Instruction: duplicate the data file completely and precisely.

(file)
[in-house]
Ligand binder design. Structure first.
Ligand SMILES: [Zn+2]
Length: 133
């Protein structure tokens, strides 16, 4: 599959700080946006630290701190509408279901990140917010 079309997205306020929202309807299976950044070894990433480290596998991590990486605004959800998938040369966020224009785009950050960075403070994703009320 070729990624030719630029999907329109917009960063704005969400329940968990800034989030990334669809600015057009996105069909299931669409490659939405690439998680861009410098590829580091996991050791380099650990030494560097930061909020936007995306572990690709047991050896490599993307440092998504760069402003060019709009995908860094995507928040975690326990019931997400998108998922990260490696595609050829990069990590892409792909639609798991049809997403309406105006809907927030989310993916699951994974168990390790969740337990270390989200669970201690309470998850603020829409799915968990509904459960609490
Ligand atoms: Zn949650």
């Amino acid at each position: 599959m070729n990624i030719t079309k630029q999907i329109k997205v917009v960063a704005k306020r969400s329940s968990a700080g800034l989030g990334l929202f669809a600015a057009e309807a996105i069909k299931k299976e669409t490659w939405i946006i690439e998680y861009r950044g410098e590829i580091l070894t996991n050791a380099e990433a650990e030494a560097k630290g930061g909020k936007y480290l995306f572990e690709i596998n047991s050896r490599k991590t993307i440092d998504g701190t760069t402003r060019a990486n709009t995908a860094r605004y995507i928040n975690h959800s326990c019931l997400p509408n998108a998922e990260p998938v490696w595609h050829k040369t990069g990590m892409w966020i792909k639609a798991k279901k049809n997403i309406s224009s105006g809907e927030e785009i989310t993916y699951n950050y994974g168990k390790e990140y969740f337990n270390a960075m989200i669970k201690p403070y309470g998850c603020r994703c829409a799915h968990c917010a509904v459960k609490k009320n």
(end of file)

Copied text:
[in-house]
Ligand binder design. Structure first.
Ligand SMILES: [Zn+2]
Length: 133
């Protein structure tokens, strides 16, 4: 599959700080946006630290701190509408279901990140917010 079309997205306020929202309807299976950044070894990433480290596998991590990486605004959800998938040369966020224009785009950050960075403070994703009320 070729990624030719630029999907329109917009960063704005969400329940968990800034989030990334669809600015057009996105069909299931669409490659939405690439998680861009410098590829580091996991050791380099650990030494560097930061909020936007995306572990690709047991050896490599993307440092998504760069402003060019709009995908860094995507928040975690326990019931997400998108998922990260490696595609050829990069990590892409792909639609798991049809997403309406105006809907927030989310993916699951994974168990390790969740337990270390989200669970201690309470998850603020829409799915968990509904459960609490
Ligand atoms: Zn949650």
């Amino acid at each position: 599959m070729n990624i030719t079309k630029q999907i329109k997205v917009v960063a704005k306020r969400s329940s968990a700080g800034l989030g990334l929202f669809a600015a057009e309807a996105i069909k299931k299976e669409t490659w939405i946006i690439e998680y861009r950044g410098e590829i580091l070894t996991n050791a380099e990433a650990e030494a560097k630290g930061g909020k936007y480290l995306f572990e690709i596998n047991s050896r490599k991590t993307i440092d998504g701190t760069t402003r060019a990486n709009t995908a860094r605004y995507i928040n975690h959800s326990c019931l997400p509408n998108a998922e990260p998938v490696w595609h050829k040369t990069g990590m892409w966020i792909k639609a798991k279901k049809n997403i309406s224009s105006g809907e927030e785009i989310t993916y699951n950050y994974g168990k390790e990140y969740f337990n270390a960075m989200i669970k201690p403070y309470g998850c603020r994703c829409a799915h968990c917010a509904v459960k609490k009320n």